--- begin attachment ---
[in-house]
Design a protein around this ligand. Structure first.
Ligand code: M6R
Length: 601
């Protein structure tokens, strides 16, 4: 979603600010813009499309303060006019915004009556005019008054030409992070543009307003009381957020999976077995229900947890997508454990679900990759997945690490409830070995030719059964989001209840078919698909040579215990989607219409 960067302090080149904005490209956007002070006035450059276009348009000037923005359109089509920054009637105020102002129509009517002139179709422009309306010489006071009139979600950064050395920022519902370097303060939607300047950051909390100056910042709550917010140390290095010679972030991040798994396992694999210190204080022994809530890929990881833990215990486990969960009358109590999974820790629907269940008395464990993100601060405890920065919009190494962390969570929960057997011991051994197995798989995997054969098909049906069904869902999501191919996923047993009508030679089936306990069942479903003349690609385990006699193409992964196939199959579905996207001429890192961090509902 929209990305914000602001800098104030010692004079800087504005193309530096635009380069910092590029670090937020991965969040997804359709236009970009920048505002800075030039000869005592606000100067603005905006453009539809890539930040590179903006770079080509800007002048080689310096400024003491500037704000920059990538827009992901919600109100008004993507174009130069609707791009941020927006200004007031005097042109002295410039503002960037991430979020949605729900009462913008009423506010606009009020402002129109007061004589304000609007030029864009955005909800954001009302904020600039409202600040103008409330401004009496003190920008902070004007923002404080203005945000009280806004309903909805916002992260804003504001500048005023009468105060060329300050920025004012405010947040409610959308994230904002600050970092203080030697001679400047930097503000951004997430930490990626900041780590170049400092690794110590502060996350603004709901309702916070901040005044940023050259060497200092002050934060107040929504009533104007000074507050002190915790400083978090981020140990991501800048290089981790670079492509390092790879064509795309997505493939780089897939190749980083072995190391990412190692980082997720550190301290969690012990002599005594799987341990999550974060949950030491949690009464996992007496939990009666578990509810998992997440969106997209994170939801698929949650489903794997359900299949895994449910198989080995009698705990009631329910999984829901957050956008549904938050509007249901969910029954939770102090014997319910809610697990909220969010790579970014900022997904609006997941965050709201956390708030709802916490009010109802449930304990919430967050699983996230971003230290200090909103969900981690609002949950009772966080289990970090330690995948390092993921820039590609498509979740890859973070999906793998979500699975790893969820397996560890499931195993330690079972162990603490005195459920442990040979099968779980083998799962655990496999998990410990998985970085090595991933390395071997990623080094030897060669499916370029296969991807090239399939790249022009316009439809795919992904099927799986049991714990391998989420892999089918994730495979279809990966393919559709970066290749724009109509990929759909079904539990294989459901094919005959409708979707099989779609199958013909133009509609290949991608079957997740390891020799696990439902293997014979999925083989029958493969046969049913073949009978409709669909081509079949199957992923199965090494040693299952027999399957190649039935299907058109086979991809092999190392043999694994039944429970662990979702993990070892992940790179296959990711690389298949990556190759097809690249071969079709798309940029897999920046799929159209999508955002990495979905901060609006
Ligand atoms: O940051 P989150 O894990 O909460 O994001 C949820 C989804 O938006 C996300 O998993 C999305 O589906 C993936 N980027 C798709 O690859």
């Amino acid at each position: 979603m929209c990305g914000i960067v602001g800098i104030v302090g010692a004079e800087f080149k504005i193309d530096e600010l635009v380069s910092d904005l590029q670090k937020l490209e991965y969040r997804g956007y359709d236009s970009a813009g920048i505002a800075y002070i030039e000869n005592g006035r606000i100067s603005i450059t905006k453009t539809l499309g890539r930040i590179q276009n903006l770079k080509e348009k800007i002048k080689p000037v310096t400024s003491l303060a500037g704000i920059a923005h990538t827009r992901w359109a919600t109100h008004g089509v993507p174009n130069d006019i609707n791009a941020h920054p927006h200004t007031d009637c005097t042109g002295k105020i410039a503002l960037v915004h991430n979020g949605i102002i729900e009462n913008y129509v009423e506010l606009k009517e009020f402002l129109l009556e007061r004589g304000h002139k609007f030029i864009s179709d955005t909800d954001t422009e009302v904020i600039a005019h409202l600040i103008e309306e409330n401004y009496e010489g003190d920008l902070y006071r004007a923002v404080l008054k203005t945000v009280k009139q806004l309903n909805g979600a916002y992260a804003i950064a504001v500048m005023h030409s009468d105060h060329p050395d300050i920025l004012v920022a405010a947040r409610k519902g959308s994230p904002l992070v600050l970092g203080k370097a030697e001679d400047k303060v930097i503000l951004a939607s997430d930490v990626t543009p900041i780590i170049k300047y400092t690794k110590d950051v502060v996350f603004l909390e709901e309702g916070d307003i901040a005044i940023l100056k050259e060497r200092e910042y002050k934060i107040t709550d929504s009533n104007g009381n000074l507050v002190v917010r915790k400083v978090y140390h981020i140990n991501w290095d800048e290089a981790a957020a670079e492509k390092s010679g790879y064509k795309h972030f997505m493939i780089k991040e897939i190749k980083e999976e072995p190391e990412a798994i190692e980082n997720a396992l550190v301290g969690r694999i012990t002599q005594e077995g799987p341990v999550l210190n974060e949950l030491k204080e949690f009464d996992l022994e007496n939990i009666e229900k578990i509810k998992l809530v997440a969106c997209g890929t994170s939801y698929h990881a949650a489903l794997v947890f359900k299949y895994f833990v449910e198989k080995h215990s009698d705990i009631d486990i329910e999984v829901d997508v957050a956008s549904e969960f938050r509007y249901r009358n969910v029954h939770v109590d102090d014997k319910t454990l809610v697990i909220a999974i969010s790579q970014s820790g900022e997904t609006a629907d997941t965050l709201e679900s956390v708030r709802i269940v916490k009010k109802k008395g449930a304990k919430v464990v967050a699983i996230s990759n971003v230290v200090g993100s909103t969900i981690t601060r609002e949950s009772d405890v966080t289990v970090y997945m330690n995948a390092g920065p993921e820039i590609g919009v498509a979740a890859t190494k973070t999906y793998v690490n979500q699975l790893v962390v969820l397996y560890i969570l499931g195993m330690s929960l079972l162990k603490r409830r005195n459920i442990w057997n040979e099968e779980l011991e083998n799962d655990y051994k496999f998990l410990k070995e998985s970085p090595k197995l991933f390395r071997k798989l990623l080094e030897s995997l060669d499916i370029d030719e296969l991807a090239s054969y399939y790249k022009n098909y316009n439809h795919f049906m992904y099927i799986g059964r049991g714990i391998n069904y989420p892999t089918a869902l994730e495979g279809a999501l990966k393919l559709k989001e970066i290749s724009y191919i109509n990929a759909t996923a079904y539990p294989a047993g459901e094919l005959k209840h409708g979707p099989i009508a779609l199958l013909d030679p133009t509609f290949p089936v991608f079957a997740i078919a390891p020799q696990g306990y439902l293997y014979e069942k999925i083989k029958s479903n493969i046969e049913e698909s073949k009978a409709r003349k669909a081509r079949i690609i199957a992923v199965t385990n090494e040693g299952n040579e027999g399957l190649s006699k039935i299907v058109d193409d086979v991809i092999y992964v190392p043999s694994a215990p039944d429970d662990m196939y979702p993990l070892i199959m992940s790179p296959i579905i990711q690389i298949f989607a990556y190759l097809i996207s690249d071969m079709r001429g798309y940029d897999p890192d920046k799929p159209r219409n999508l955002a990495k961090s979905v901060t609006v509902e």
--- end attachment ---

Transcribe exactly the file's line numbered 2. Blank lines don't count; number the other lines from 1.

Design a protein around this ligand. Structure first.